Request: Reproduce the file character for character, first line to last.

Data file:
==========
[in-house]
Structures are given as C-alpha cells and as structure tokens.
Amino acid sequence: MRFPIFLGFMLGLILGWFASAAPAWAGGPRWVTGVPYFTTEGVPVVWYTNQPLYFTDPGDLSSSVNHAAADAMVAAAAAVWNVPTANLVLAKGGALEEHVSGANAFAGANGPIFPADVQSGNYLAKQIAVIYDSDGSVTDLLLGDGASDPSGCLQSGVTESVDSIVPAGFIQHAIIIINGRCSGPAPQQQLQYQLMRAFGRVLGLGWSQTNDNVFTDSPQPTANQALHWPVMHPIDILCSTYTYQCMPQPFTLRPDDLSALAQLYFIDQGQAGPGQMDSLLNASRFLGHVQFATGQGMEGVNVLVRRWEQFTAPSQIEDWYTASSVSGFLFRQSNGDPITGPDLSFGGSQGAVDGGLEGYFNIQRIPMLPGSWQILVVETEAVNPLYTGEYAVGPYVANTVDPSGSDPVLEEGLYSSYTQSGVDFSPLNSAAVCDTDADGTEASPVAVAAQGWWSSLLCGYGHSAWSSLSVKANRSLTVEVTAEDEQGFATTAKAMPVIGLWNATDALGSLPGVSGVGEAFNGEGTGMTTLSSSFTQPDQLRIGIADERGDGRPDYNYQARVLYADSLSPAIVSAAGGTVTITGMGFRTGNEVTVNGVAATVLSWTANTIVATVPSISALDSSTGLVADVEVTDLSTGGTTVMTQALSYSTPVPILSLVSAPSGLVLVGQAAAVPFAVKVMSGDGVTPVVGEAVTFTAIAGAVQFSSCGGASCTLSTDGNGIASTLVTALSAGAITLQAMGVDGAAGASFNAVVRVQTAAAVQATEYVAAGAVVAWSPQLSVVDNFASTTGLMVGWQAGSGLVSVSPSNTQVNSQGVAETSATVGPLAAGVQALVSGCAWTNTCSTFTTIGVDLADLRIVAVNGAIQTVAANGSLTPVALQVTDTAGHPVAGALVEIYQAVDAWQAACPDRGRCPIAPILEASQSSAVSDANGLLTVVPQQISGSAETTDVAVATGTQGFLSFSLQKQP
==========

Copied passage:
[in-house]
Structures are given as C-alpha cells and as structure tokens.
Amino acid sequence: MRFPIFLGFMLGLILGWFASAAPAWAGGPRWVTGVPYFTTEGVPVVWYTNQPLYFTDPGDLSSSVNHAAADAMVAAAAAVWNVPTANLVLAKGGALEEHVSGANAFAGANGPIFPADVQSGNYLAKQIAVIYDSDGSVTDLLLGDGASDPSGCLQSGVTESVDSIVPAGFIQHAIIIINGRCSGPAPQQQLQYQLMRAFGRVLGLGWSQTNDNVFTDSPQPTANQALHWPVMHPIDILCSTYTYQCMPQPFTLRPDDLSALAQLYFIDQGQAGPGQMDSLLNASRFLGHVQFATGQGMEGVNVLVRRWEQFTAPSQIEDWYTASSVSGFLFRQSNGDPITGPDLSFGGSQGAVDGGLEGYFNIQRIPMLPGSWQILVVETEAVNPLYTGEYAVGPYVANTVDPSGSDPVLEEGLYSSYTQSGVDFSPLNSAAVCDTDADGTEASPVAVAAQGWWSSLLCGYGHSAWSSLSVKANRSLTVEVTAEDEQGFATTAKAMPVIGLWNATDALGSLPGVSGVGEAFNGEGTGMTTLSSSFTQPDQLRIGIADERGDGRPDYNYQARVLYADSLSPAIVSAAGGTVTITGMGFRTGNEVTVNGVAATVLSWTANTIVATVPSISALDSSTGLVADVEVTDLSTGGTTVMTQALSYSTPVPILSLVSAPSGLVLVGQAAAVPFAVKVMSGDGVTPVVGEAVTFTAIAGAVQFSSCGGASCTLSTDGNGIASTLVTALSAGAITLQAMGVDGAAGASFNAVVRVQTAAAVQATEYVAAGAVVAWSPQLSVVDNFASTTGLMVGWQAGSGLVSVSPSNTQVNSQGVAETSATVGPLAAGVQALVSGCAWTNTCSTFTTIGVDLADLRIVAVNGAIQTVAANGSLTPVALQVTDTAGHPVAGALVEIYQAVDAWQAACPDRGRCPIAPILEASQSSAVSDANGLLTVVPQQISGSAETTDVAVATGTQGFLSFSLQKQP